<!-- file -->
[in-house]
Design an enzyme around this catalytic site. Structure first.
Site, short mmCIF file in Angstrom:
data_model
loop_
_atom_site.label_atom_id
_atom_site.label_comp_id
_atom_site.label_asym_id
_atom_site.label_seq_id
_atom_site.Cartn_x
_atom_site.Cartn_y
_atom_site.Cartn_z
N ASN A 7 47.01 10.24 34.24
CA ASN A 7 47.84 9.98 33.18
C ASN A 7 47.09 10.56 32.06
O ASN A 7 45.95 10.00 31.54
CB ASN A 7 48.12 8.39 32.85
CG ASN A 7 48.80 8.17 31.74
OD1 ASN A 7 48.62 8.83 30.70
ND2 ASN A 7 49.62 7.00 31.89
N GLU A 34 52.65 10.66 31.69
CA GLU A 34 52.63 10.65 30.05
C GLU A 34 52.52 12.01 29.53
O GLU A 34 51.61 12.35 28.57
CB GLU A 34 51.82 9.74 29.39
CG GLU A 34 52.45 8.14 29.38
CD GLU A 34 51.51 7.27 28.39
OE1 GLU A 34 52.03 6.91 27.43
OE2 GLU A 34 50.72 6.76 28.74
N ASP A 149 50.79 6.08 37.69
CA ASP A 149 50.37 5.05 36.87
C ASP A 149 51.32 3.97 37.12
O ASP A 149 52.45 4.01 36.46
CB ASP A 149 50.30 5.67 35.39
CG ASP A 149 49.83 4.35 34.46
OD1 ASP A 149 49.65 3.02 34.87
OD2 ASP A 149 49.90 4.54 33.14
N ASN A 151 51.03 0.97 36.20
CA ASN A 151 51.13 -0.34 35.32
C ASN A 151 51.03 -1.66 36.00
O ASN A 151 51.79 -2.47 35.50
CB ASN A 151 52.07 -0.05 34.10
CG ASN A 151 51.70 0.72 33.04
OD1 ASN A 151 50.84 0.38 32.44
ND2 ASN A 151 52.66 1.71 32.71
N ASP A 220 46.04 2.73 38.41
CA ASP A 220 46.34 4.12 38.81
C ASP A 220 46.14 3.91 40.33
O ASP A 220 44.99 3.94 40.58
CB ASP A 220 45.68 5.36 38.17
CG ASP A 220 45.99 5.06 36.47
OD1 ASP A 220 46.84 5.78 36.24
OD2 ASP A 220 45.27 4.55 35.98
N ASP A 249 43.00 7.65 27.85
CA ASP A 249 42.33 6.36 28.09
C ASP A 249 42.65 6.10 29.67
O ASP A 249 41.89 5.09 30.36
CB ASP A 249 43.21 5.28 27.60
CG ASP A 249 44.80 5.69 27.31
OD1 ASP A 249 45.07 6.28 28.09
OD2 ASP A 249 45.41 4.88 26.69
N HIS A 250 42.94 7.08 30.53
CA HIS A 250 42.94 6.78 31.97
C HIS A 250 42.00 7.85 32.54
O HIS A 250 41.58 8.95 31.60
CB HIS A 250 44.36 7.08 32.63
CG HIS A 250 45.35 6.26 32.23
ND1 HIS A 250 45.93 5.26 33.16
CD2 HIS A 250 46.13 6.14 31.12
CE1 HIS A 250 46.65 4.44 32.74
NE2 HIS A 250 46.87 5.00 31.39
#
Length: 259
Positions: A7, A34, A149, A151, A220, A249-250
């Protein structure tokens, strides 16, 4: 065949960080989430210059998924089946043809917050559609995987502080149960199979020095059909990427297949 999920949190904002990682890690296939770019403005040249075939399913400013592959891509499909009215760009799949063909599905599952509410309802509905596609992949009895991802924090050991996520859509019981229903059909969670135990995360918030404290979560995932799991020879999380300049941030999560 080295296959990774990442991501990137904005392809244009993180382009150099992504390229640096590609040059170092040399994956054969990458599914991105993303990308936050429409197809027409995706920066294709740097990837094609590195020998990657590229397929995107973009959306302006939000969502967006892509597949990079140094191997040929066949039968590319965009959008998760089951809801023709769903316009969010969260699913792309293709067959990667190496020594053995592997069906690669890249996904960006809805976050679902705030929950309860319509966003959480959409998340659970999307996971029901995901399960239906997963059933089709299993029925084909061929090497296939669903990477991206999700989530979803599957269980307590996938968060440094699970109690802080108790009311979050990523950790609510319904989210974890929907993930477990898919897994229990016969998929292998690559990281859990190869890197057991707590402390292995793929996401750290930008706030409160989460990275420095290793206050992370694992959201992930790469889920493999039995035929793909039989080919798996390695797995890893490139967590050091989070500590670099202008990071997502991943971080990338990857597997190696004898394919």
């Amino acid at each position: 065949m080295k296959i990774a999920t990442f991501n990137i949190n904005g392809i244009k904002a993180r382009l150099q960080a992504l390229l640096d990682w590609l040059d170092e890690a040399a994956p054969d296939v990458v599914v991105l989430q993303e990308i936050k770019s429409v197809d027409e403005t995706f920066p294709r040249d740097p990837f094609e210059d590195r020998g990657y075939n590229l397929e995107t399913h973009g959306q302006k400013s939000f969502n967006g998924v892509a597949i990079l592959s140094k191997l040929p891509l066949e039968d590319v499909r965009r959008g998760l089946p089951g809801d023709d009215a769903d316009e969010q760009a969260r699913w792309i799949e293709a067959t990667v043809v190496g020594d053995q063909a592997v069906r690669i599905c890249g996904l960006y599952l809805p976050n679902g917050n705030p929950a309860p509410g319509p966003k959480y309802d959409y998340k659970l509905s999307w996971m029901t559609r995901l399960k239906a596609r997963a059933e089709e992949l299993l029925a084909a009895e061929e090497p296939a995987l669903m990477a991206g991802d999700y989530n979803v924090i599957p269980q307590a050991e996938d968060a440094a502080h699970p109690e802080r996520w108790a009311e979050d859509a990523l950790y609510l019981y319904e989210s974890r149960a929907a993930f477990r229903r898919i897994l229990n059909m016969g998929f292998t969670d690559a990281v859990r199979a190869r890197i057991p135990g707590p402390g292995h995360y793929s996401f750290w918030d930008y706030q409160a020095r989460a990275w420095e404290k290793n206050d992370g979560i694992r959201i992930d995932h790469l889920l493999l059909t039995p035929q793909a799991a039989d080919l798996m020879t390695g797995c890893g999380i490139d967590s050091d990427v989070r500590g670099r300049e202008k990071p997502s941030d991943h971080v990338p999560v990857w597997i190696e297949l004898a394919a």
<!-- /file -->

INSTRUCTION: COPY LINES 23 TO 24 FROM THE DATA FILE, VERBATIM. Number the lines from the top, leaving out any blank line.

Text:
C GLU A 34 52.52 12.01 29.53
O GLU A 34 51.61 12.35 28.57